Patton was far from passive when he performed in front of an audience.
www.southernmusic.net /charliepatton.htm   (342 words)

  
 Amazon.com: Music: The Definitive Charley Patton [BOX SET]   (Site not responding. Last check: )
Patton's guitar accompaniments are showy and elaborate, kaleidoscopic in their ever-changing response to his vocals and their incessant re-articulation of the song's rhythm.
Patton's voice was deep and hoarse, yet immensely powerful - it was said that when he performed outside, his voice would carry for hundreds of yards without any kind of amplification.
Charlie Patton has finally escaped the hailstorm of surface noice which for decades greeted anyone who tried to listen to his songs, and the power and authority of his voice and guitar playing is amazing, at times even matching that of his contemporary, the great Son House.
www.amazon.com /exec/obidos/tg/detail/-/B0000594VE?v=glance   (2328 words)

  
 Charley Patton
Gravesite of Charley Patton, in the middle of a cotton field near the tiny town of Holly Ridge, MS
Patton was always in demand as a performer; his stage antics, which included playing guitar with his teeth, playing it behind his back, throwing it up in the air, and other tricks, were copied by many other bluesmen and decades later revived by Jimi Hendrix and Stevie Ray Vaughan.
Patton was idolized by Howlin' Wolf, Son House, Robert Johnson, and most of the other early Delta bluesmen.
www.howlinwolf.com /articles/patton/patton_grave.htm   (208 words)

  
 Charley Patton   (Site not responding. Last check: )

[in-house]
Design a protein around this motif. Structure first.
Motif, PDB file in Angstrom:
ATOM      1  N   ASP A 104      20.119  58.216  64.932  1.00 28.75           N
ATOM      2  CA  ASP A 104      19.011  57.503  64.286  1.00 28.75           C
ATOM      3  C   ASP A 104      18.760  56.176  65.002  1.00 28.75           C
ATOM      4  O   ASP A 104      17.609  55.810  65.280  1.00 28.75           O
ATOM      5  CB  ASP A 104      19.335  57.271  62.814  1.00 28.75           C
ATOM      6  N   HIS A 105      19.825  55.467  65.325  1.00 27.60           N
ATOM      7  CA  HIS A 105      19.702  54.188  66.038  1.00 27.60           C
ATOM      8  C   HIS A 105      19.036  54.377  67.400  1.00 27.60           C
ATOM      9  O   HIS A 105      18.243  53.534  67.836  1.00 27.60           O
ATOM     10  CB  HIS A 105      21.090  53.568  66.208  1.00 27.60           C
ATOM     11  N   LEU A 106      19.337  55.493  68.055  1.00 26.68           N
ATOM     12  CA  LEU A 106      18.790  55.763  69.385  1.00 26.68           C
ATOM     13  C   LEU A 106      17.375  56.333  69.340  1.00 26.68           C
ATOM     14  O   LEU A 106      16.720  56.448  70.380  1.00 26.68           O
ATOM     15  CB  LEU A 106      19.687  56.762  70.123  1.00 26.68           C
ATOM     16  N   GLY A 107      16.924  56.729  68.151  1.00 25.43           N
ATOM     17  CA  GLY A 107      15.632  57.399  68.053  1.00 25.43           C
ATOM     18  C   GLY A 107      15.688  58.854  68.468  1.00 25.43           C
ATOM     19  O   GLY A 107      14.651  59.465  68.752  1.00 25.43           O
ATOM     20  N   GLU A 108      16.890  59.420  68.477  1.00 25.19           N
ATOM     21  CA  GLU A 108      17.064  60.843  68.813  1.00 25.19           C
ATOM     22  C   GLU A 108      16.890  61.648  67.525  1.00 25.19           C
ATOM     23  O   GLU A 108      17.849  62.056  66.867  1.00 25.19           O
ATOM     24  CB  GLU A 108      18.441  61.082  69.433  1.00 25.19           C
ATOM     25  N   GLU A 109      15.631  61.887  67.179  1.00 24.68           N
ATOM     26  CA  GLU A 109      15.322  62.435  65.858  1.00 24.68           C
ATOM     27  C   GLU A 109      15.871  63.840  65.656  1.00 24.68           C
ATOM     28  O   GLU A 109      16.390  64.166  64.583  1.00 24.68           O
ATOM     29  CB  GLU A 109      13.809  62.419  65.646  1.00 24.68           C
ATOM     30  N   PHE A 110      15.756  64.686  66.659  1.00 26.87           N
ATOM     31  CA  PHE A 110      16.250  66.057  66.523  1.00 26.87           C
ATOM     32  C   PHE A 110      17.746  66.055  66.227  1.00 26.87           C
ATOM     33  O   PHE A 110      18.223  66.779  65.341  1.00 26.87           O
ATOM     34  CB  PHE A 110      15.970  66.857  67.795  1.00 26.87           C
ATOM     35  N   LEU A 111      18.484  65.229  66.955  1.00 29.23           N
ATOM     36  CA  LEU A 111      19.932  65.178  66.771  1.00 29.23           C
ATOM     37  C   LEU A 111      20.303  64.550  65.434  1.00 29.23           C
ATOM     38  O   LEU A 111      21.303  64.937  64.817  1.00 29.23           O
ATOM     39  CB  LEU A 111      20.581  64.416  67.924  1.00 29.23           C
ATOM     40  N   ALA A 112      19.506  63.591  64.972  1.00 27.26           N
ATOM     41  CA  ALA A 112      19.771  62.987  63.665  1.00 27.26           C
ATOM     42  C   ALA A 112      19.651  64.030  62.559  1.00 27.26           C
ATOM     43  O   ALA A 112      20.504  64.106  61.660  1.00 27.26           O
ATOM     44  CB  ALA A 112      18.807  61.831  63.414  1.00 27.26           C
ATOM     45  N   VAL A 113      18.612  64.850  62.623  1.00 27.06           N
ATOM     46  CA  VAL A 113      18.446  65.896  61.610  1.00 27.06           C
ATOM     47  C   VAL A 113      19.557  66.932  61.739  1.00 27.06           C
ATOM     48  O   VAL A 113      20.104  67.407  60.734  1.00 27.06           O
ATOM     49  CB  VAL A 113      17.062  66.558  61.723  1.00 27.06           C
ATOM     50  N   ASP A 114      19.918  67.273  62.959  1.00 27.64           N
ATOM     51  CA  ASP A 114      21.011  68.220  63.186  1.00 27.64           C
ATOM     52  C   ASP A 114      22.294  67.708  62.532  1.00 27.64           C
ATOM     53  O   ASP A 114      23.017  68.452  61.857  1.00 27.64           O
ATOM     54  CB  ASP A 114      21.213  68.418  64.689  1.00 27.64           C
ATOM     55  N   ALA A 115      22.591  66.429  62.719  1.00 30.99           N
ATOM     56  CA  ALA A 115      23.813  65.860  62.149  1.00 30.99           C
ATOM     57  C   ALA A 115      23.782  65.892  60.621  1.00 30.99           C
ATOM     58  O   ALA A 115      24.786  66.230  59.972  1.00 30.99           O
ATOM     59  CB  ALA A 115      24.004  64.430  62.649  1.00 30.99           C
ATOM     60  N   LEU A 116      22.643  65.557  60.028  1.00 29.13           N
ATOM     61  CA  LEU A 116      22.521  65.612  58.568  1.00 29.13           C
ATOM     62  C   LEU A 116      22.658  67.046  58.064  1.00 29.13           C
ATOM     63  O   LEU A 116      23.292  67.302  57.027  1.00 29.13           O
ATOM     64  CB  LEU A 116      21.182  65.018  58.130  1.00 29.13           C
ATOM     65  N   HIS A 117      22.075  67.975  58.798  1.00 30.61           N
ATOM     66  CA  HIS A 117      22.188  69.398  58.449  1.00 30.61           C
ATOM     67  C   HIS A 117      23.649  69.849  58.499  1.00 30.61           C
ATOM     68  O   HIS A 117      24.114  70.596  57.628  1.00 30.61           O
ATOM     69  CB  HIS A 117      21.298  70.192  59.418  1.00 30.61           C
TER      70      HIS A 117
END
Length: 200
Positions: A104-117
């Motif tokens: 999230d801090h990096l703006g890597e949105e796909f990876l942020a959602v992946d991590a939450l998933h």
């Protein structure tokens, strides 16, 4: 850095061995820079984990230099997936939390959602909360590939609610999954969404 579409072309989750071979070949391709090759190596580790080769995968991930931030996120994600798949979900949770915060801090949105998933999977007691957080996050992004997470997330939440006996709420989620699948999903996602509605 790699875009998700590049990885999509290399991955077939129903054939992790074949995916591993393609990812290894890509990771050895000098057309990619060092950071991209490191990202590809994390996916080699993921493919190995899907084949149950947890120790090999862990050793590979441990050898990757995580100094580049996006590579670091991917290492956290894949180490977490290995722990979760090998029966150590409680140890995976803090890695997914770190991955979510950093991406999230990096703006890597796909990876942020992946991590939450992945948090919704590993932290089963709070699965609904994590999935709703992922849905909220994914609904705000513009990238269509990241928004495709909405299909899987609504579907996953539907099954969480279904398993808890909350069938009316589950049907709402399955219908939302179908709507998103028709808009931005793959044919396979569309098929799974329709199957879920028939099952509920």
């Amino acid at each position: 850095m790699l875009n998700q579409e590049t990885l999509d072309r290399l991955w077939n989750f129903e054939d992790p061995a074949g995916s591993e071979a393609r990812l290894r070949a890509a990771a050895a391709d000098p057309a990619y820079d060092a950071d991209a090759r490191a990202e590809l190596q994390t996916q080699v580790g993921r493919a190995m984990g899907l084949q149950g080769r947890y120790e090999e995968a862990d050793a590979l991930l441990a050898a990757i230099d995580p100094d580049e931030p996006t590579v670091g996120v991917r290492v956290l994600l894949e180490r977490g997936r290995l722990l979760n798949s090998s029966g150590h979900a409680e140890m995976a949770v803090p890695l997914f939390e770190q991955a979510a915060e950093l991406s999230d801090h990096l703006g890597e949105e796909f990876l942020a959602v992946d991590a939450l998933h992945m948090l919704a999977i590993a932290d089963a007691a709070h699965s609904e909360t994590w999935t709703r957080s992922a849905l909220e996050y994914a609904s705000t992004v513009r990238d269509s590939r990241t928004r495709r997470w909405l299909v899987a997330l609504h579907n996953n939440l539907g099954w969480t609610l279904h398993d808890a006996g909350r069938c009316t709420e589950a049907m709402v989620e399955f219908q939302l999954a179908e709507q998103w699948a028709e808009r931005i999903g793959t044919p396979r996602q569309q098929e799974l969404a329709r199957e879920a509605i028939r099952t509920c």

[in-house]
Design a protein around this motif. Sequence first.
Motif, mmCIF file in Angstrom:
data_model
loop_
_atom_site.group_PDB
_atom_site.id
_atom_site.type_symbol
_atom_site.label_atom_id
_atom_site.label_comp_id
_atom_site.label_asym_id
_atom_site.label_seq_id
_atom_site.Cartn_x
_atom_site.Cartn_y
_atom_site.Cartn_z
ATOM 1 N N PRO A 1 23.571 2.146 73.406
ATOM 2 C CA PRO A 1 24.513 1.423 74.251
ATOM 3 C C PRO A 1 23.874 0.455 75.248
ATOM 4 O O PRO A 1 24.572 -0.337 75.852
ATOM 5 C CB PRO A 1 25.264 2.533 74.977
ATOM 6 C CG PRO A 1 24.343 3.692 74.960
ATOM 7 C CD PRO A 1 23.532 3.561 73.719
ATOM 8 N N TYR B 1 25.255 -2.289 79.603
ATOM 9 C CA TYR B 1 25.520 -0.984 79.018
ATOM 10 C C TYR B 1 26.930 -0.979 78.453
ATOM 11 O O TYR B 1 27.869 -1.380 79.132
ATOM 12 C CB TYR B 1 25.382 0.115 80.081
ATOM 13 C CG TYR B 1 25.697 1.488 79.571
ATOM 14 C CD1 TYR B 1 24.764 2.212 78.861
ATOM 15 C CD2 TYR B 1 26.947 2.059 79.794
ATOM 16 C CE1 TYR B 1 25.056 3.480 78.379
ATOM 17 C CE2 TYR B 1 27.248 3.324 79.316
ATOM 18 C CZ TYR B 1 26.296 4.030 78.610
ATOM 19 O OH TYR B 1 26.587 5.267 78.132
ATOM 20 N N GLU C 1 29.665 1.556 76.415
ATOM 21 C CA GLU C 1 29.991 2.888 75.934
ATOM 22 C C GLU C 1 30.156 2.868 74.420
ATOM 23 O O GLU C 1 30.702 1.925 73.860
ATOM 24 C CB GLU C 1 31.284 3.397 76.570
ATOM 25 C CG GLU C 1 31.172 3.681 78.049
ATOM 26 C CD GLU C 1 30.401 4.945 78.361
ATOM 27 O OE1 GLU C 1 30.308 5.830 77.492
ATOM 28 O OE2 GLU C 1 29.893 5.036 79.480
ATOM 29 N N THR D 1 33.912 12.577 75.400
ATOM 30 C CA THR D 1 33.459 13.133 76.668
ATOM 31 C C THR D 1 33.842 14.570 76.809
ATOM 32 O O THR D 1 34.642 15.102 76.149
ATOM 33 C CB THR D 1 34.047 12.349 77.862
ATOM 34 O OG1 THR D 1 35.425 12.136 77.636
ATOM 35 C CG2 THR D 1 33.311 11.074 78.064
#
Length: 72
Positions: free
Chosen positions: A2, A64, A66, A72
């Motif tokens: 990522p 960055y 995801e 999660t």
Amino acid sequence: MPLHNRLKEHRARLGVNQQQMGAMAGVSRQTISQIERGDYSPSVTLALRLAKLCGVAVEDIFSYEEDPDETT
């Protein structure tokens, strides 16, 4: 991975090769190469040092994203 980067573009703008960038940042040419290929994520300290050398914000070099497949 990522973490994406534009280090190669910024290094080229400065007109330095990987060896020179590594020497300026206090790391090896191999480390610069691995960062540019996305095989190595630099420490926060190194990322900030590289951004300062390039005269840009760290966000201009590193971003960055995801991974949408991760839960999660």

Charley Patton (May 1 1891 - April 28 1934) was an American delta blues musician and one of the first mainstream of the genre.
He was extremely popular the U.S. South and was invited to perform at and taverns (in contrast to most other musicians who were itinerant wanderers).
Focused primarily on a detailed analysis of Patton's music, this book goes deeply into the structure of the music and lyrics of Charley Patton's Blues.
www.freeglossary.com /Charlie_Patton   (203 words)

  
 Charley Patton CD Review
It comes as no small wonder then, that Patton was utterly convincing in both realms; as a bluesman, he was certainly one of the roughest and most forceful performers to have roamed the Delta, while his religious titles are both stunning and moving.
Patton's credibility has previously been challenged too, by those who considered him a reckless drunk, but in order to maintain his high status, he must have been well able to control his alcohol intake.
And while Patton had been written about as someone who seemed ill-prepared at times for his trips to the recording studio, in the newly-penned liner notes, what is more apparent is that Charley wanted the 'live' feeling of a juke-joint performance to come across in his 78's.
www.mnblues.com /cdreview/2001/charleypatton-7disc-cr.html   (1978 words)

  
 Baltimore City Paper: MUSIC A Seven-CD Set Fleshes Out the Charley Patton Story   (Site not responding. Last check: )